In considering the first aspect of the Proposed Common Issue, relating to causation, the Court found that the issue, as it was framed, could not possibly and sufficiently advance the litigation, even if answered in the affirmative. This is because liability could only properly exist if each class member could establish general causation that Celexa® could have caused their specific congenital malformation. However, the Proposed Common Issue, as it was formulated, could not achieve that end. Rather than seek any linkage to a particular congenital malfunction, the question merely asked the Court to answer the general inquiry of whether Celexa® is or may be a teratogen. The plaintiffs led no evidence of a methodology to establish, on a class-wide basis, that the drug could cause any particular congenital malformation. Citing McCracken v. Canadian National Railway Company, 2012 ONCA 445, the Court found that the plaintiffs’ position “seize[d] on the superficial commonality” that citalopram is or may be a teratogen, using a “common label [to] conve[y] a false impression of commonality.’” The Court ultimately found that this class proceeding, if accepted as framed, would amount to little more than a general commission of inquiry into whether citalopram is a teratogen.

The Court went on to nonetheless consider the second aspect of the Proposed Common Issue, relating to the duty to warn, ultimately finding that this proposed question also failed, for two reasons. Firstly, and most obviously, given that the first part of the Proposed Common Issue could not succeed, the corresponding inquiry relating to the underlying duty to warn also failed, particularly in view of the fact that general causation could not be established without individual trials based on the particular congenital malformation.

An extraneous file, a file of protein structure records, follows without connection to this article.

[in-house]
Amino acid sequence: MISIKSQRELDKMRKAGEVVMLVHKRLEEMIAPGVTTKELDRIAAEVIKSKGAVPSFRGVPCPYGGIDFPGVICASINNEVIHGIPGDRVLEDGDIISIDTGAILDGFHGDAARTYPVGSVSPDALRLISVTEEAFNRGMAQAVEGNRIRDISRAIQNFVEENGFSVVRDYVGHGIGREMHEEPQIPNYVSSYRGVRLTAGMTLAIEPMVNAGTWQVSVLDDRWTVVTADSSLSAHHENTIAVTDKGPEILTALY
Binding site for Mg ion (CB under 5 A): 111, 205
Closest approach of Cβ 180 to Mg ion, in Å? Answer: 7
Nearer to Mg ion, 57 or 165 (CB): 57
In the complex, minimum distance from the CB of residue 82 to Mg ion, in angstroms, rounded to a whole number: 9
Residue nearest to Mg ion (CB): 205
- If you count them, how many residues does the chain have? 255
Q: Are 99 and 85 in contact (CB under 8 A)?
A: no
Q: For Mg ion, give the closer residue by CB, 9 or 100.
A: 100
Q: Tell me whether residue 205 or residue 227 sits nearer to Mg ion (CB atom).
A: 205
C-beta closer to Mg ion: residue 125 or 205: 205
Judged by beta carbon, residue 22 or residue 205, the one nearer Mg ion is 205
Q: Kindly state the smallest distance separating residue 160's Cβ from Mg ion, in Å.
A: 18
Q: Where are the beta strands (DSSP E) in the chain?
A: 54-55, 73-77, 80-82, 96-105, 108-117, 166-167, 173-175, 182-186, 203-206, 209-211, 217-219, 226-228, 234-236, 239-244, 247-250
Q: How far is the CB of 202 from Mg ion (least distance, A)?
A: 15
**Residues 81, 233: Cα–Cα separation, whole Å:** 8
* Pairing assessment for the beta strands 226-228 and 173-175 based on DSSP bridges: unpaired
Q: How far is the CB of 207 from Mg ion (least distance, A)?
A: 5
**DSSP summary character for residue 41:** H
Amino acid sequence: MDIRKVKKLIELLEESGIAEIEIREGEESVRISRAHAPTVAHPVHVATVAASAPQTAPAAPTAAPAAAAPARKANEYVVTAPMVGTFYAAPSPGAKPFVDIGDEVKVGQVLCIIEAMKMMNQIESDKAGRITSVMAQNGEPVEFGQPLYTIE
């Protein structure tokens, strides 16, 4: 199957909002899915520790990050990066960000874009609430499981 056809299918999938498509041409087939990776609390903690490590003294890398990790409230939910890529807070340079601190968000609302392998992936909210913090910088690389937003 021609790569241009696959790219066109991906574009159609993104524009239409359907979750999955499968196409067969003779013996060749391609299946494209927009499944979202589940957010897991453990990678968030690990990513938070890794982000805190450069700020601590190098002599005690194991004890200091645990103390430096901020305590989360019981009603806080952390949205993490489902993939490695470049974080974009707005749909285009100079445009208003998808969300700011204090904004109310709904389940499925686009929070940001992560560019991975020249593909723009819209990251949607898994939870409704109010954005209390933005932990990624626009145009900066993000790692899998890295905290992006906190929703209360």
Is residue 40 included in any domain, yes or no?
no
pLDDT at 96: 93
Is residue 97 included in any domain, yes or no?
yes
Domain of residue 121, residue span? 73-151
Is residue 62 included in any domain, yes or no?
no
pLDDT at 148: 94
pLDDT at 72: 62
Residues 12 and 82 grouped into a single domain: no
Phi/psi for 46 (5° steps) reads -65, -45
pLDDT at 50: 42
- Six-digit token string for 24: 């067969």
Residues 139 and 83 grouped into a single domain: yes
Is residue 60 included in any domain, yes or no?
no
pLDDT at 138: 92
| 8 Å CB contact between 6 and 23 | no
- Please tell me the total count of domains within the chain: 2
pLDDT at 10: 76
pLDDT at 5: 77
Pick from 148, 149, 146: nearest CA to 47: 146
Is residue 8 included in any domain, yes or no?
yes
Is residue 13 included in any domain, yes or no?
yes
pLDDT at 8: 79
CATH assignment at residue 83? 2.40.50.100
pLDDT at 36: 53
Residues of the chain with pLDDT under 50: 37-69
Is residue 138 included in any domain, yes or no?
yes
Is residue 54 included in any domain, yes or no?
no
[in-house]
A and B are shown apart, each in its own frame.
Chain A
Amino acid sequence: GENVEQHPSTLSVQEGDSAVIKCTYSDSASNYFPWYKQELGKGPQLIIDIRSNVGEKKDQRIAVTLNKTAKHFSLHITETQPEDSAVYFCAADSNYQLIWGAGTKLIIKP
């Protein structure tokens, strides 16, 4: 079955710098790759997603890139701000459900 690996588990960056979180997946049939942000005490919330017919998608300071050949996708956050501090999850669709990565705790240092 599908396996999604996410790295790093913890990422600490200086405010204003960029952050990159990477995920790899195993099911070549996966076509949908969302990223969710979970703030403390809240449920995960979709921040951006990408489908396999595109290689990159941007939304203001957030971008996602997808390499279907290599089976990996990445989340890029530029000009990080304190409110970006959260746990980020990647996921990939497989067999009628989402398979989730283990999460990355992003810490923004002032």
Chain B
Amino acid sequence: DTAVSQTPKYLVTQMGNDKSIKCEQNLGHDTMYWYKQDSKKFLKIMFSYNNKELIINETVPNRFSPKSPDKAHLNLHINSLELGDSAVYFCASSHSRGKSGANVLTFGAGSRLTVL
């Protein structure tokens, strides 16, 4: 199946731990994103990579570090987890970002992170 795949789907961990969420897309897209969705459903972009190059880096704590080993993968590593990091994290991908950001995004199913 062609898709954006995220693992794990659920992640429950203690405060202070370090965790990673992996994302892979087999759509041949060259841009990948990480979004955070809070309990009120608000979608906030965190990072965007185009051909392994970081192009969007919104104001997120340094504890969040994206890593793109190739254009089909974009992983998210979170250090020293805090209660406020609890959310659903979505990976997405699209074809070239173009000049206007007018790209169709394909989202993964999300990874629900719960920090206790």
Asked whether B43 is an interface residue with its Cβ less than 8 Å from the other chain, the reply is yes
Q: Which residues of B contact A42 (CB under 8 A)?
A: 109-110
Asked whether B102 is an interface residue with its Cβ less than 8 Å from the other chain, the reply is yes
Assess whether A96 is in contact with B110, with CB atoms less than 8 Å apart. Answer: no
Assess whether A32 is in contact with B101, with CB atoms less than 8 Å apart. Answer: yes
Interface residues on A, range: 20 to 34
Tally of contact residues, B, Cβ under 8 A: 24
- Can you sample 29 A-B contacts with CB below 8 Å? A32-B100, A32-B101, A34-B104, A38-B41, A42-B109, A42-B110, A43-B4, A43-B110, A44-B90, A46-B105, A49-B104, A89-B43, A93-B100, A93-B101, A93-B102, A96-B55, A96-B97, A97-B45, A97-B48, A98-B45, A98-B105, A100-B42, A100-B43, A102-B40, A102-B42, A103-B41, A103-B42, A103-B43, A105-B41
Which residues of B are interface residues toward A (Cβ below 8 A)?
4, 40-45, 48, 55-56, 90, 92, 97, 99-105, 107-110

Secondly, the Court held more generally that the duty to warn applies only to specific risks. Accordingly, the jurisprudence did not impose a duty to warn of general “harm” or general “teratogenicity”, which does not disclose the particular risk at issue. Citing the leading case on duty to warn— Hollis v. Dow Corning Corp., 1995 CanLII 55 (SCC) (Hollis)—the Court noted that a duty to warn can only arise with respect to specific risks and can only arise for material risks “of which [the manufacturer] has knowledge or ought to have knowledge.” With respect to reasonable foreseeability, the Court found that any particular congenital malformation would require analysis of the etiology for each such malformation. The Court in Hollis also established that, even where a duty to warn exists, the required explicitness of the warning varies with the danger. A general statement of a risk of harm or a risk of congenital malformations, such as that advanced by the plaintiffs in Price, cannot provide the court with the ability to assess the gravity or probability of the risk. As such, in the case of pharmaceutical product liability, the explicitness of the product monograph warning cannot be considered.

The Court ultimately concluded that neither of the two proposed inquiries gave rise to common issues that could be certified under section 5(1)(c) of the CPA. In the alternative, the Court denied certification on the basis that the class action was not the preferable procedure, given that individual issues would overwhelm any benefit from a common determination of teratogenicity and a concomitant duty to warn of such teratogenicity.


The analysis and conclusions reached by Justice Glustein in Price are notable for several reasons. Firstly, this decision establishes that a proposed common issue must be framed in a manner that can, if accepted, sufficiently advance the litigation. Without seeking to establish some form of general causation, a class proceeding amounts to nothing more than a commission of inquiry that fails to advance the positions of the parties in any meaningful way. Secondly, the Price decision clarifies that a duty to warn cannot give rise to a common issue if general causation cannot first be established. Finally, Justice Glustein’s findings reaffirm that an allegation of a duty to warn can only apply to specific risks – whether identified narrowly or broadly. Without disclosing the specific risk at issue, a Court cannot impose a generalized duty to warn.

This decision is critical in reminding plaintiffs of the necessity of carefully formulating their proposed common issues in a class action, thus allowing defendants to properly understand the scope of the case they must meet.